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The meeting was organised by the Surrey University Palestinian Society supported by the Surrey Islamic Society and WS PSC and held at the university. About 55 people attended.

Ilan Pappe is the reputed Israeli professor of history who was forced out of Haifa University in 2007 because his views were contrary to Israeli dogma and he supported the academic boycott of Israel. He is now at Exeter University.


Dalia Barakat introduced him and said there had been pressure at the last minute to cancel the meeting through a complaint to the Student’s Union. had also posted an article on its web site about this meeting attacking Pappe as biased and “ ...ignorant of the basic facts” [a quick inspection of their web site reveals it as one largely devoted to defending Israeli policies while masquarading under a misleading name - GAR].

Pappe said there continued to be an organised attempt to suppress his views through pressure from Jewish groups and from the Israeli Embassy, as had happened to Norman Finkelstein. He considers that an objective understanding of what happened in 1948 remained crucial to progress today. The UN declaration of 30 November 1947 terminating the UK mandate and establishing a partition marked its start.

Official Israel developed a narrative which considers it ‘a great day’ in which a ‘miraculous’ victory was won against all odds, secured “a land without people for a people without land” (a phrase which originated in England) and that the Palestinians had been told to leave their homes by Arab leaders. However no professional historical work was done until the 1980ies - it relied on subjective memoirs and the like.

His group started research on the archives which then became available from Israel, UK, US and UN and essentially concluded that the official narrative was a fabrication: there were people there, the bulk of the refugees were driven out before the war with the Arab states started on 15 May 1948 on the basis of a plan elaborated by Jewish groups one or two years earlier, there was no call to them that they should leave, and there was no ‘miracle’ - the military odds were with the Jewish armed forces. In a sense the war was not the cause of the ethnic cleansing but its excuse to avoid a comparison with the cleansing of the Jews from Europe by the Nazis just a few years earlier, and it has gone on ever since.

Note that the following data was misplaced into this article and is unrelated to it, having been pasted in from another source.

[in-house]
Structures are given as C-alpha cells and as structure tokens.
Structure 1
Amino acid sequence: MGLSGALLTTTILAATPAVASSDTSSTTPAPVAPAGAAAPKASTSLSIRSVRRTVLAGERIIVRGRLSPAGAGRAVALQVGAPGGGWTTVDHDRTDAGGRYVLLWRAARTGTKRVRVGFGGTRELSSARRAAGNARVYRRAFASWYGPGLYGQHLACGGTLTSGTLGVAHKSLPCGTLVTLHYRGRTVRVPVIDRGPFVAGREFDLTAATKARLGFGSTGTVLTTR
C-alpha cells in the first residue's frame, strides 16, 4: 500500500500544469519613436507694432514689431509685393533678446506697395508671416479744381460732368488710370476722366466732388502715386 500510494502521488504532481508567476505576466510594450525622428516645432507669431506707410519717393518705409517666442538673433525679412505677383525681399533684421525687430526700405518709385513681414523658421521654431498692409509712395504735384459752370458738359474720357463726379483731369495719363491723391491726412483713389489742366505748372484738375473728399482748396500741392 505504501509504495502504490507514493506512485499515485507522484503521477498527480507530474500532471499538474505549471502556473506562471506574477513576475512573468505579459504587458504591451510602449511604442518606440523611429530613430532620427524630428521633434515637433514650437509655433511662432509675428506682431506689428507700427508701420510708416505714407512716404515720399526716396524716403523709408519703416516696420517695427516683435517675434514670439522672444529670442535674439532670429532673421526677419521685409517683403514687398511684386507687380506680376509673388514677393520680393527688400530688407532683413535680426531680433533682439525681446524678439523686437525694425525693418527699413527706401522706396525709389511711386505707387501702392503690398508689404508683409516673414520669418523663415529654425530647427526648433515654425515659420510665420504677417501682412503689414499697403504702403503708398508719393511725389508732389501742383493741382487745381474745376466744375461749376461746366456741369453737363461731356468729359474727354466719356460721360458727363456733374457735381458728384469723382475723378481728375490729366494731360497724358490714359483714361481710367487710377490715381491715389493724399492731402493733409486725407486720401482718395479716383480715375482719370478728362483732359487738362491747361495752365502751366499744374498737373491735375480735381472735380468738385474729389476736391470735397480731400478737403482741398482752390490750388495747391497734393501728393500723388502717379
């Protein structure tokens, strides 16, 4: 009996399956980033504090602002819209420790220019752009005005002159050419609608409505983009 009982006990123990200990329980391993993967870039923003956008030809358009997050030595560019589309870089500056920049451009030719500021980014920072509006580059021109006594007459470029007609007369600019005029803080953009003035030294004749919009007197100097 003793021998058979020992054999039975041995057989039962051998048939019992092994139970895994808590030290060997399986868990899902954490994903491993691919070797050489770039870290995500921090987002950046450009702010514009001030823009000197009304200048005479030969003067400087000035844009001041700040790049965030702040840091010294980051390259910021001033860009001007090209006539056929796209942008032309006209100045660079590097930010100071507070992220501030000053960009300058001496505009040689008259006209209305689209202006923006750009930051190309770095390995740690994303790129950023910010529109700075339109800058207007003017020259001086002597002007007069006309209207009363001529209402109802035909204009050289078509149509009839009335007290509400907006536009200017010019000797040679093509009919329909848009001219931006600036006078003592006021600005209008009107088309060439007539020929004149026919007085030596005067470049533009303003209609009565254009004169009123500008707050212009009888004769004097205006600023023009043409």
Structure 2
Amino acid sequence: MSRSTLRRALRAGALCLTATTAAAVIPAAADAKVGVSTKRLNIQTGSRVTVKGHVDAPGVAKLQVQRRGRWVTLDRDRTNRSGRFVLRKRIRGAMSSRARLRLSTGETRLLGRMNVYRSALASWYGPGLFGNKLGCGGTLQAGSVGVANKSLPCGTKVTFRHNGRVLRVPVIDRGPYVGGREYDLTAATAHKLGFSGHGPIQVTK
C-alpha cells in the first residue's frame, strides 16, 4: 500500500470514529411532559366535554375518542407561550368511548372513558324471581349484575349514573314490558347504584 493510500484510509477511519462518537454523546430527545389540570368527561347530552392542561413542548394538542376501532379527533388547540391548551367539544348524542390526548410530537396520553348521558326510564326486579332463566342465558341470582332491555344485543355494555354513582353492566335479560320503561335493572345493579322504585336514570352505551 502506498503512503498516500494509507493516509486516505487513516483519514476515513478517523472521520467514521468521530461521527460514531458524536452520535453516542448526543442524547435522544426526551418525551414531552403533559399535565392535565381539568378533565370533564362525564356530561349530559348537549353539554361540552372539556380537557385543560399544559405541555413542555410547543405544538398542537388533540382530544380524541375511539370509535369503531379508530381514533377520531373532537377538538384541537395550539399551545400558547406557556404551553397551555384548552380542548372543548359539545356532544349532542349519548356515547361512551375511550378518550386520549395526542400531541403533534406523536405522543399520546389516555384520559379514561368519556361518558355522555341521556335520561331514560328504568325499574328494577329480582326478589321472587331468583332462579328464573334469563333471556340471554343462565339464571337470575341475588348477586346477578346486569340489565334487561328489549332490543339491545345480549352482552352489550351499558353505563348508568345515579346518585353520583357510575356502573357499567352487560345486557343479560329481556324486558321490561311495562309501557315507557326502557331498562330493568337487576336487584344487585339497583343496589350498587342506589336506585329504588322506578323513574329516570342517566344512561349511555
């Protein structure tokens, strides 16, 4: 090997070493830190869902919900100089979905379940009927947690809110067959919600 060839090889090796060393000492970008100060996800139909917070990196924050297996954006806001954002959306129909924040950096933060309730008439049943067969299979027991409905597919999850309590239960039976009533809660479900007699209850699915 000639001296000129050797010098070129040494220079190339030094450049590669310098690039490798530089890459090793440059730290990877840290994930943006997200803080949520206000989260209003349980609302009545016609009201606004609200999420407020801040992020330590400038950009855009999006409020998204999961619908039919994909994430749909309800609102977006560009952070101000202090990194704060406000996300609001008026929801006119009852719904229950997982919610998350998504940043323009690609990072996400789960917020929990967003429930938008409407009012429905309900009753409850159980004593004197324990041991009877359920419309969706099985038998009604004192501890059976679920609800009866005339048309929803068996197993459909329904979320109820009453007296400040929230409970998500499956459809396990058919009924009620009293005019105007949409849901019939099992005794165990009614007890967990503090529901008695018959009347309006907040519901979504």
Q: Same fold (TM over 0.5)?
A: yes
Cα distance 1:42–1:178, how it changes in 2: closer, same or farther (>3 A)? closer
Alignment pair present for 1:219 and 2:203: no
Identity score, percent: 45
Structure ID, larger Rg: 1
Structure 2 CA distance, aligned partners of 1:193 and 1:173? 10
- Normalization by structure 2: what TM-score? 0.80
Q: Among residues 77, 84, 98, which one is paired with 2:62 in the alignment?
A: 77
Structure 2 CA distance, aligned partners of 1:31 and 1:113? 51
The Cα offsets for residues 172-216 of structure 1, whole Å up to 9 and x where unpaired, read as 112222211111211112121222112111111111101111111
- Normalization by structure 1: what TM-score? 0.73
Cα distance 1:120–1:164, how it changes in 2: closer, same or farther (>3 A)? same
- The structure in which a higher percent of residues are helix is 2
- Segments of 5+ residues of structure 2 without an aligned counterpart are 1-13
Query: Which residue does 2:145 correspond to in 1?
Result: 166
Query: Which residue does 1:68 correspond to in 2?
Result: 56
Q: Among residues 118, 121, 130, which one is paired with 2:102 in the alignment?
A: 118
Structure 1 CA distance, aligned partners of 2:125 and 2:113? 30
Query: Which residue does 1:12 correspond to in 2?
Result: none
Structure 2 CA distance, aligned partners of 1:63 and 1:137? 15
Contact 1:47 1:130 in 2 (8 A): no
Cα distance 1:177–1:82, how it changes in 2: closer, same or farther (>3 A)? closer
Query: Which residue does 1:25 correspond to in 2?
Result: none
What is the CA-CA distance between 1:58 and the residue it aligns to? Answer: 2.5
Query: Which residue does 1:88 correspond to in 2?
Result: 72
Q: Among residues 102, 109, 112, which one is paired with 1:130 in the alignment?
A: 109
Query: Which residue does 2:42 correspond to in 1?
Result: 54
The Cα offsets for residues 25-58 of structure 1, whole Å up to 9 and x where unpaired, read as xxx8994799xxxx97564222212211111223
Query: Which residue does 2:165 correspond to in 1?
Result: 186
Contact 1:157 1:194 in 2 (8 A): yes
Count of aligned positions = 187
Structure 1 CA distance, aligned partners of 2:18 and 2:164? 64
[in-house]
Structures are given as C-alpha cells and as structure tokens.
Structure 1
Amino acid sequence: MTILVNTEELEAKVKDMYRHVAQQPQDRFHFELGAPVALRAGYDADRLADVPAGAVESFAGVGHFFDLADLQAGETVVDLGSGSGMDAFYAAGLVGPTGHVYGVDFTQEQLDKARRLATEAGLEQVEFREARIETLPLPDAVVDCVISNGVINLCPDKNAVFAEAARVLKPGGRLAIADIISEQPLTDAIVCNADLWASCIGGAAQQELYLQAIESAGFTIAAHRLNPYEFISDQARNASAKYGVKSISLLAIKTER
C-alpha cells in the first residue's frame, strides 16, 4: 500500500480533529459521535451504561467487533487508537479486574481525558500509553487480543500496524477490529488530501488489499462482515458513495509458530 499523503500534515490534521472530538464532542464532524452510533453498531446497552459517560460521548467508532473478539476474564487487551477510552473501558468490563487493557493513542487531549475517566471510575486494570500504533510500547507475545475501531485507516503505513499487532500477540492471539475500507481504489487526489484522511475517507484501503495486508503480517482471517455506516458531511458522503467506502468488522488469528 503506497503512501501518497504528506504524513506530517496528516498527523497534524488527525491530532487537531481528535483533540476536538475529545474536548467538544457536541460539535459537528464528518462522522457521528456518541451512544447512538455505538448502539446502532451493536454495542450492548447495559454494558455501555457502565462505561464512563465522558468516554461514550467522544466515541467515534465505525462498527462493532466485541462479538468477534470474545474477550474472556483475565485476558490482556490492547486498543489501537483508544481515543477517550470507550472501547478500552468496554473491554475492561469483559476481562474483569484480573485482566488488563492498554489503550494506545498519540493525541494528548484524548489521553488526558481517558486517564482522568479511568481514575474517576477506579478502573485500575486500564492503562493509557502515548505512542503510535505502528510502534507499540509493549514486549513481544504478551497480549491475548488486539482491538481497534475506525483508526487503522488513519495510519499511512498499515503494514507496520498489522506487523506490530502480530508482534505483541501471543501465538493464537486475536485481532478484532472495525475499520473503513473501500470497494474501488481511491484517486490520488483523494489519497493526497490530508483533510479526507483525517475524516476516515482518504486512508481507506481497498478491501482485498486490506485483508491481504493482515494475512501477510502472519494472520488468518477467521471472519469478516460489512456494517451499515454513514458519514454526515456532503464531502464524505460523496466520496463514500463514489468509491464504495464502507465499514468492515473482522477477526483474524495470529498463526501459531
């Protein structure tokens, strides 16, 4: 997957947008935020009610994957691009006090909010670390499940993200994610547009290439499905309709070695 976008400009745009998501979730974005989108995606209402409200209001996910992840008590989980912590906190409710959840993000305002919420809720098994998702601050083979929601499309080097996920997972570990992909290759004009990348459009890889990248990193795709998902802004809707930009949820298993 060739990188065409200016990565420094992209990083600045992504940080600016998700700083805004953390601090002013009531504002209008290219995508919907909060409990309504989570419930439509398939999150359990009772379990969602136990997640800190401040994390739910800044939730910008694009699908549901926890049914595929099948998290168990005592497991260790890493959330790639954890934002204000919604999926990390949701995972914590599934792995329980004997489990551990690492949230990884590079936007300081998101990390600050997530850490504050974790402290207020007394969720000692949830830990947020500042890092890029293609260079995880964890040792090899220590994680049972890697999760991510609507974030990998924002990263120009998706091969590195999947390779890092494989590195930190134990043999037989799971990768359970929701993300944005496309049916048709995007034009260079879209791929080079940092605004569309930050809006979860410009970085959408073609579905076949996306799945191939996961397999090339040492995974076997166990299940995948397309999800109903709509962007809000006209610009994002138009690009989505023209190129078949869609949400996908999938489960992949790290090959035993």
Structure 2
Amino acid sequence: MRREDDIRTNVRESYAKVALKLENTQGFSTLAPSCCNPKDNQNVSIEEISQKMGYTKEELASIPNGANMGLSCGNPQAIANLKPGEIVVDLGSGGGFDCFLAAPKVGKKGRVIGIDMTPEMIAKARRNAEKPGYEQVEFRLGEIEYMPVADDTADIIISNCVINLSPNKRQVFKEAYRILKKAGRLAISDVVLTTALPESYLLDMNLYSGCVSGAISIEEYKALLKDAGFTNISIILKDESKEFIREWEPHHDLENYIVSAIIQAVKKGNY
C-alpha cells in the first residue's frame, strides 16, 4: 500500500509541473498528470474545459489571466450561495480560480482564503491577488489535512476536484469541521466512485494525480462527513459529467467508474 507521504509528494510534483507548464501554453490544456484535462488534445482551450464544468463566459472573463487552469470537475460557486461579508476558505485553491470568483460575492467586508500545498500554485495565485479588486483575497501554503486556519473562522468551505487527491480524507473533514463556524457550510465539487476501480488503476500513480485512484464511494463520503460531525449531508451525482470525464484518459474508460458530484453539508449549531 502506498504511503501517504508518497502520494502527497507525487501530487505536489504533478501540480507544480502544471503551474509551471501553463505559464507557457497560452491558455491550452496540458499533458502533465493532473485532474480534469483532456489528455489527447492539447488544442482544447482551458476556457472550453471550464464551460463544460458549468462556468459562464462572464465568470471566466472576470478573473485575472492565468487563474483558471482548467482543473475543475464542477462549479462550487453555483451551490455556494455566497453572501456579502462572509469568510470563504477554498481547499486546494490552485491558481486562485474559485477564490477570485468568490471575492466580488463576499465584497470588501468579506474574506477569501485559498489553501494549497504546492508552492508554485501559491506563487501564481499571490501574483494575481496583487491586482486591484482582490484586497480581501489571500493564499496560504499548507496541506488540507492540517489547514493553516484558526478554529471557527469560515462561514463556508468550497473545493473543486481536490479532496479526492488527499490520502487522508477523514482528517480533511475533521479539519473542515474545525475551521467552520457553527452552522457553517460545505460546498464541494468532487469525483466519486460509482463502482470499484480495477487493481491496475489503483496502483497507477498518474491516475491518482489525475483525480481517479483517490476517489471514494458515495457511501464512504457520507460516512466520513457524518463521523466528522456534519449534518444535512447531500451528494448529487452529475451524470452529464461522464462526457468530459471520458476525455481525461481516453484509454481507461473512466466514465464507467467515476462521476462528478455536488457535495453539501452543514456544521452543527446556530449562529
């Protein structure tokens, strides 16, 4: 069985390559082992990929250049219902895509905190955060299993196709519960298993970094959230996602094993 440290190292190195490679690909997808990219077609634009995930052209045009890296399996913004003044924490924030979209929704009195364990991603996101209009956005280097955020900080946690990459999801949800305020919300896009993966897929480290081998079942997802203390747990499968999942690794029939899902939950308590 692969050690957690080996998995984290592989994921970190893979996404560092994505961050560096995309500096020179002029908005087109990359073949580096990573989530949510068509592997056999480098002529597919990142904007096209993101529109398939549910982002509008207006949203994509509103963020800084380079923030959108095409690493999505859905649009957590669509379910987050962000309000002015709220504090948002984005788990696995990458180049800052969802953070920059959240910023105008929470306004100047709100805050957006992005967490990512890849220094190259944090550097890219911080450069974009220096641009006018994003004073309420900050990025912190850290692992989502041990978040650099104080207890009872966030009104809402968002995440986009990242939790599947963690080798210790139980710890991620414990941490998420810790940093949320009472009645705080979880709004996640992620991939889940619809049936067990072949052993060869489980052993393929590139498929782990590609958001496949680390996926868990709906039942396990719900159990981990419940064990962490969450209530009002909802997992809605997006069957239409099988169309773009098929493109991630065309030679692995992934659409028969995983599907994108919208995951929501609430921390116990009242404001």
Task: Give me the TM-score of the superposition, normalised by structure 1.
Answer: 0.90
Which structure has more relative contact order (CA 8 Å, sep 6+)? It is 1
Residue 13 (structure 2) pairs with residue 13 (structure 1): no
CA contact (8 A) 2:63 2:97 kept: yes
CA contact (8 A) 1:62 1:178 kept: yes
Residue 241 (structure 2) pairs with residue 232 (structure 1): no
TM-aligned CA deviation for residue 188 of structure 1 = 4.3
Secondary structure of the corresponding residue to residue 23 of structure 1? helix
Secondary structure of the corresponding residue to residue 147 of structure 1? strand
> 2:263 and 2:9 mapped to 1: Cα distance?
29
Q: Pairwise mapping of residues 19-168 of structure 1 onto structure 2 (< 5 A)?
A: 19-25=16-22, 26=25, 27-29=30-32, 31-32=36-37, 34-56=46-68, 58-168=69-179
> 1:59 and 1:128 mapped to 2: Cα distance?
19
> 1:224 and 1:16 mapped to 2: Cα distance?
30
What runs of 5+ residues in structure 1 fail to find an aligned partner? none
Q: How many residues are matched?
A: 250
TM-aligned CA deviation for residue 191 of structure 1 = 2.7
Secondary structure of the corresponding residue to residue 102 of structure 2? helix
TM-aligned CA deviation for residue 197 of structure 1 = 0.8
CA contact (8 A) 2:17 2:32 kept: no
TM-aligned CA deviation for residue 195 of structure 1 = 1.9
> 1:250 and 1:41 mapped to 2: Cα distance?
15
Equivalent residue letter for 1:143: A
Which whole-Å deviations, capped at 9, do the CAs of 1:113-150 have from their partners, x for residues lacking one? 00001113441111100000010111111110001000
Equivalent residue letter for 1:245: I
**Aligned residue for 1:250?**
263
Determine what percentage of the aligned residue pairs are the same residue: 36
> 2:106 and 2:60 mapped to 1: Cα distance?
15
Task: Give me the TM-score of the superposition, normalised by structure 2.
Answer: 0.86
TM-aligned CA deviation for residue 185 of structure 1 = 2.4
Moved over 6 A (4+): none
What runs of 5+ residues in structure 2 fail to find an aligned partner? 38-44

Their analysis was opposed for 15 years then was adopted by the so-called New Historians. However the old line remained the narrative which continues to be peddled by the unrepresentative official western Zionist lobbies and by the media in the US and Europe, and there was after a few years a counter offensive by establishment historians.

In his view, there were three preconditions for any real progress towards peace:

1. An acknowledgement in Israel and in the West of the truth about 1948;

2. Israel has to be held accountable for its actions since 1948, and

3. ...only after that can there be an acceptance by the Arabs of the Jewish presence in Palestine.

There were many questions.

Does he favour the one state solution? Yes, anything else means an acceptance of racialism. How long might it take? Maybe one generation, who knows.

Why does West back Israel? In Europe, supporting Israel is a form of atonement for the Holocaust; also a New Israel legitimized a New West Germany post Nazis. In the US, there is the new Christian Zionism, the financial and other powers of the Jewish lobby, the self interest of the military-industrial complex.

Is there a parallel between the Algerian war of independence in 1962 and what might happen in Israel? Not really - the French colons had a base back in France to which they could retreat, unlike the Jewish people now established for 3 generations.

In South Africa the Jewish community, having lived with apartheid, was for a time against Zionist policies, but this was later suppressed. The collapse of apartheid happened when the Whites finally perceived that it was wrong and costly and could not go on. Did he agree that it was necessary for Jewish communities abroad as well as in Israel to come to a similar conclusion before a solution, and that the campaign for sanctions and boycotts was perhaps the most effective tool? Yes, the parallel here was close.

He was warmly applauded and thanked for his talk.